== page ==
I had planned this trip for a couple of months, I considered Boston as the Mecca for all runners, a privileged given to the toughest, and fastest of all, a race you can only dream of. That is why when two of my best friends—Alan and Nathan—were planning on running, I wanted to go and cheer for them in such a big accomplishment! I admire their grit and dedication to running, and qualifying for this wasn’t an easy task. I planned this trip to be on a budget, with only one day off from work, a short and cheap flight with not even a carry-on bag (I was flying on Spirit Airlines!). When Claudia and I travel we like to get immersed in our destination by watching movies or reading books about the place we are going, so I started reading this old copy of “26 miles to Boston” by Michael Connelly; we got the book in 2013 when we were there for the marathon the first time.
Three weeks before race day, I received a text message from my friend in Mexico, Alan, who is one of the best long distance runners I know; we have a text group with our friend in Boston, Antonio, who was going to be our host and tour guide. The text said: “I have 2 spots for the marathon for us, are you in? I need to know today.”
Should I stay or should I go? That morning when I received the message I couldn’t even think! I was getting into my running season with short distance runs, with several pounds over my usual weight and I was taking this very easily, no rush, my longest run up to this point was 12 miles, and everything hurt. There was no way I could run a marathon, my best friends and crew were getting ready to do Paris, so they were logging the long miles. I was just looking at them from afar with admiration and enjoying the conversations on how they were getting ready.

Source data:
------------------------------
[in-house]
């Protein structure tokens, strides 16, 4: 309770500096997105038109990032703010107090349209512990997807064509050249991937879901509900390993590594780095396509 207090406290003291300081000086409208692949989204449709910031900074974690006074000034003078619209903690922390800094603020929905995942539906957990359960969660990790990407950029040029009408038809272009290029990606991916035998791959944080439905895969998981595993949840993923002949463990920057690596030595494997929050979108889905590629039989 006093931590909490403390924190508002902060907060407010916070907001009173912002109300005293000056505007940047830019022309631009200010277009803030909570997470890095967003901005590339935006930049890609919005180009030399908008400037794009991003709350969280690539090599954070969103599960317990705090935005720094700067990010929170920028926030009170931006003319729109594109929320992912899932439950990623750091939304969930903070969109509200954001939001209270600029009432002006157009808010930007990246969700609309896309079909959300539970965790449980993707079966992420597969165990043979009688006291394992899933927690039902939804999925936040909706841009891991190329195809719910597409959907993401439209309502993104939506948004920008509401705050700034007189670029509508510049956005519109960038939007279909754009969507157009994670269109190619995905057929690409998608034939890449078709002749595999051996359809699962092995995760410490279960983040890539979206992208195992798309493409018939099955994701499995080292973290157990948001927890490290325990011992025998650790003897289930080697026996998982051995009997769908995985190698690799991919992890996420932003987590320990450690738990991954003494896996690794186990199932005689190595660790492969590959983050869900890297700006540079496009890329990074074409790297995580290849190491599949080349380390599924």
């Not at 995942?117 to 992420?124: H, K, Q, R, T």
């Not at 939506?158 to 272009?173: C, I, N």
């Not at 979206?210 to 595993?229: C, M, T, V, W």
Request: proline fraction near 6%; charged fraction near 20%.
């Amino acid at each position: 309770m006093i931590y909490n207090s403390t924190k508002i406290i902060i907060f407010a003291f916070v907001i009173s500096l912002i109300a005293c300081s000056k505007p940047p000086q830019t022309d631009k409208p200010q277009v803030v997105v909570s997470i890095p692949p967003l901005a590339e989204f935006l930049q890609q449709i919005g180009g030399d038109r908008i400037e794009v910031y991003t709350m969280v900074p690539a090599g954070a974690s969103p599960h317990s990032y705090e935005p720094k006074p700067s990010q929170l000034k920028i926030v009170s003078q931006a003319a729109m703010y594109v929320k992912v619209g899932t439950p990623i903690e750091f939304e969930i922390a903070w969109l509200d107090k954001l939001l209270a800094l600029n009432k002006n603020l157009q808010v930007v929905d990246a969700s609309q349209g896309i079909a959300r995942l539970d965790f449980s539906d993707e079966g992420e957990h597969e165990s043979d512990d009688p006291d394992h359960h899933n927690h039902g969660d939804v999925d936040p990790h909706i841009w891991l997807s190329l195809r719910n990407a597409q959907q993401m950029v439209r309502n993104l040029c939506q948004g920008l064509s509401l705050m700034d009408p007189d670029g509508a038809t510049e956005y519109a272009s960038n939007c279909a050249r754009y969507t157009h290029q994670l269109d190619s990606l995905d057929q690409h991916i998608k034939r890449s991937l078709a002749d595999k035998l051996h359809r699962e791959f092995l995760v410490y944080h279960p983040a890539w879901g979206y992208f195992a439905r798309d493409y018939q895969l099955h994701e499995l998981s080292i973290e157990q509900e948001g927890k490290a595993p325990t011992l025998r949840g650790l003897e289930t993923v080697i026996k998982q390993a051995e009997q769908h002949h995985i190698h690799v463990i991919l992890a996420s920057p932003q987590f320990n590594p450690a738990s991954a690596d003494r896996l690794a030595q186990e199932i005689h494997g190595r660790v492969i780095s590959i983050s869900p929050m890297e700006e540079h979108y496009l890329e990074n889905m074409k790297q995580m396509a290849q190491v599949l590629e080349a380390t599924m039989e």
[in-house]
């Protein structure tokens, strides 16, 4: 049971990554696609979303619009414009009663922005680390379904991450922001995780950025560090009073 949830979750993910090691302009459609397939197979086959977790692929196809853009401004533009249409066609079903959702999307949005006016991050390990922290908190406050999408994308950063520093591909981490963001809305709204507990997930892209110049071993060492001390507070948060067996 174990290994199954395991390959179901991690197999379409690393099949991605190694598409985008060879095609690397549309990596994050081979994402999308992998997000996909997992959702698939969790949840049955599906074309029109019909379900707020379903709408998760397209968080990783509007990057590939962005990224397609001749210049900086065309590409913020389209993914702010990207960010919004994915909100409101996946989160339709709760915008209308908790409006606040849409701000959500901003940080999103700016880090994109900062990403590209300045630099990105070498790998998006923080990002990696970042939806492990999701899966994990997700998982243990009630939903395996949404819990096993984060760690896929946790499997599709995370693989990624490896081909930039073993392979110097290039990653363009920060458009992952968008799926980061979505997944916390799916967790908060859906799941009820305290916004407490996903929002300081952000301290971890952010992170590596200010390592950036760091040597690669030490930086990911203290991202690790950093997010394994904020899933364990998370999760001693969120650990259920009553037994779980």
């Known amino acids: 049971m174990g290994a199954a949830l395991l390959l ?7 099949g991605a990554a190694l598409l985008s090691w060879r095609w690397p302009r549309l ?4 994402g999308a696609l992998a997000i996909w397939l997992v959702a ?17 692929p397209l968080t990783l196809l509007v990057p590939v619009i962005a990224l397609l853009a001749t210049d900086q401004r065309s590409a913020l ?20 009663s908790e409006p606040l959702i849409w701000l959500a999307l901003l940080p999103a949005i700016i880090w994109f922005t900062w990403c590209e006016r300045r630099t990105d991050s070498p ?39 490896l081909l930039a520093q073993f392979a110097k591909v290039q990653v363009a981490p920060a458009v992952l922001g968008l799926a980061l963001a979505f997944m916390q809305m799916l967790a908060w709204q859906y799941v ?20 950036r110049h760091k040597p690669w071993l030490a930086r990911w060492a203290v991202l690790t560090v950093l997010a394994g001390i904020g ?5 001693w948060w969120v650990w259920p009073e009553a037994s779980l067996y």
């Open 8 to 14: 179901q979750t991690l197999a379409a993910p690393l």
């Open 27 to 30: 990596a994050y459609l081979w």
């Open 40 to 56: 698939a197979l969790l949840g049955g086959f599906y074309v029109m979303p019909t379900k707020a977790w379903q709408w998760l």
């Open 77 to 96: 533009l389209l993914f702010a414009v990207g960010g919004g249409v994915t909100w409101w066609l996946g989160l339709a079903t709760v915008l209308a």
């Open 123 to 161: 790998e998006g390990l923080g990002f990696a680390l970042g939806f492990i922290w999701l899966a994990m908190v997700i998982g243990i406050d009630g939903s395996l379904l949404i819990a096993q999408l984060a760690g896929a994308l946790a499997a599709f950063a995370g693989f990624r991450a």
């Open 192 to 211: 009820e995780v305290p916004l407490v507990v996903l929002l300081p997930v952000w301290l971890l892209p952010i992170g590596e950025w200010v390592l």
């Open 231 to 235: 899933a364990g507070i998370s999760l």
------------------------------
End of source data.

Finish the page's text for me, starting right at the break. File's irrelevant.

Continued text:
The day of the text message Antonio said yes right away, but I couldn’t say yes right away, you know, this is Boston; you don’t take that easily, especially with no training…
I texted all my running friends for advice, all of them said: take it! This is your chance, TAKE IT!
When I landed in Boston the chance of rain went up from 90% to 100%. I always wonder how someone can be 100% sure it is going to rain, well I do know now. It is just going to rain buckets for 6 to 7 hours. It started to get cold, and very windy, so all of us where a little concerned about race day, we knew it wasn’t going to be an easy task.